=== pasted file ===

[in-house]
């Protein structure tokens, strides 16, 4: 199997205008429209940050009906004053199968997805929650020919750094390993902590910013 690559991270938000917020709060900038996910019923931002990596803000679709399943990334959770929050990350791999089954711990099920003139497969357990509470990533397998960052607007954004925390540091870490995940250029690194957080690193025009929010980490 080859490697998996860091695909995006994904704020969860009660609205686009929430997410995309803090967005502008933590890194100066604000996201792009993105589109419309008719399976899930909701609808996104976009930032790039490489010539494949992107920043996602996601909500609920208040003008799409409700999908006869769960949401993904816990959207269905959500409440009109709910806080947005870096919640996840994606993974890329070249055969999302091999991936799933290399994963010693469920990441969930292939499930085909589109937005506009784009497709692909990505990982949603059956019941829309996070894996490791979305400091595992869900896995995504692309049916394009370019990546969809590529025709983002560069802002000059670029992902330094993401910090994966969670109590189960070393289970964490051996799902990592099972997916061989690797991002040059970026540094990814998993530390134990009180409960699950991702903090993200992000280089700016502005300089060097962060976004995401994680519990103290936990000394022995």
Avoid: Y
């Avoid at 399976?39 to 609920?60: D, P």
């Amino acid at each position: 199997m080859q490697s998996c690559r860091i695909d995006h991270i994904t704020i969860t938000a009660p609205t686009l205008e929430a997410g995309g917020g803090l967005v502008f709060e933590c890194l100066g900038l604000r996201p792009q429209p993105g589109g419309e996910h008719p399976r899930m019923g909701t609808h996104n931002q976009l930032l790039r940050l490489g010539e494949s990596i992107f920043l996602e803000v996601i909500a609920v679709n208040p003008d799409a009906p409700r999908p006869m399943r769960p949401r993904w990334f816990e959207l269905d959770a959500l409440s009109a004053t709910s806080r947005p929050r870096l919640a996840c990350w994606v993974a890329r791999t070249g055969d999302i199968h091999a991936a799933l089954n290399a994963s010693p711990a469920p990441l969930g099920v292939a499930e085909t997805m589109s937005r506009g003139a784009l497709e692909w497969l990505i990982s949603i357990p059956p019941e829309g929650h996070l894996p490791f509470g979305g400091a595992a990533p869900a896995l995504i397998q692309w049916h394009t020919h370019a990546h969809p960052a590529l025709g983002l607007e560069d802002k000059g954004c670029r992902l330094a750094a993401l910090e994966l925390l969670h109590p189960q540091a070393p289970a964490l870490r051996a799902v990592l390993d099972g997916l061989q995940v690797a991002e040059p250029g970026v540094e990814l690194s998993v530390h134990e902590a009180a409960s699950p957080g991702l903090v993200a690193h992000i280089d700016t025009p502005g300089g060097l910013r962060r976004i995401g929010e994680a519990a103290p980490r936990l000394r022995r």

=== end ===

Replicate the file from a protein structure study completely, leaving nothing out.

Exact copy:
[in-house]
């Protein structure tokens, strides 16, 4: 199997205008429209940050009906004053199968997805929650020919750094390993902590910013 690559991270938000917020709060900038996910019923931002990596803000679709399943990334959770929050990350791999089954711990099920003139497969357990509470990533397998960052607007954004925390540091870490995940250029690194957080690193025009929010980490 080859490697998996860091695909995006994904704020969860009660609205686009929430997410995309803090967005502008933590890194100066604000996201792009993105589109419309008719399976899930909701609808996104976009930032790039490489010539494949992107920043996602996601909500609920208040003008799409409700999908006869769960949401993904816990959207269905959500409440009109709910806080947005870096919640996840994606993974890329070249055969999302091999991936799933290399994963010693469920990441969930292939499930085909589109937005506009784009497709692909990505990982949603059956019941829309996070894996490791979305400091595992869900896995995504692309049916394009370019990546969809590529025709983002560069802002000059670029992902330094993401910090994966969670109590189960070393289970964490051996799902990592099972997916061989690797991002040059970026540094990814998993530390134990009180409960699950991702903090993200992000280089700016502005300089060097962060976004995401994680519990103290936990000394022995």
Avoid: Y
């Avoid at 399976?39 to 609920?60: D, P």
């Amino acid at each position: 199997m080859q490697s998996c690559r860091i695909d995006h991270i994904t704020i969860t938000a009660p609205t686009l205008e929430a997410g995309g917020g803090l967005v502008f709060e933590c890194l100066g900038l604000r996201p792009q429209p993105g589109g419309e996910h008719p399976r899930m019923g909701t609808h996104n931002q976009l930032l790039r940050l490489g010539e494949s990596i992107f920043l996602e803000v996601i909500a609920v679709n208040p003008d799409a009906p409700r999908p006869m399943r769960p949401r993904w990334f816990e959207l269905d959770a959500l409440s009109a004053t709910s806080r947005p929050r870096l919640a996840c990350w994606v993974a890329r791999t070249g055969d999302i199968h091999a991936a799933l089954n290399a994963s010693p711990a469920p990441l969930g099920v292939a499930e085909t997805m589109s937005r506009g003139a784009l497709e692909w497969l990505i990982s949603i357990p059956p019941e829309g929650h996070l894996p490791f509470g979305g400091a595992a990533p869900a896995l995504i397998q692309w049916h394009t020919h370019a990546h969809p960052a590529l025709g983002l607007e560069d802002k000059g954004c670029r992902l330094a750094a993401l910090e994966l925390l969670h109590p189960q540091a070393p289970a964490l870490r051996a799902v990592l390993d099972g997916l061989q995940v690797a991002e040059p250029g970026v540094e990814l690194s998993v530390h134990e902590a009180a409960s699950p957080g991702l903090v993200a690193h992000i280089d700016t025009p502005g300089g060097l910013r962060r976004i995401g929010e994680a519990a103290p980490r936990l000394r022995r």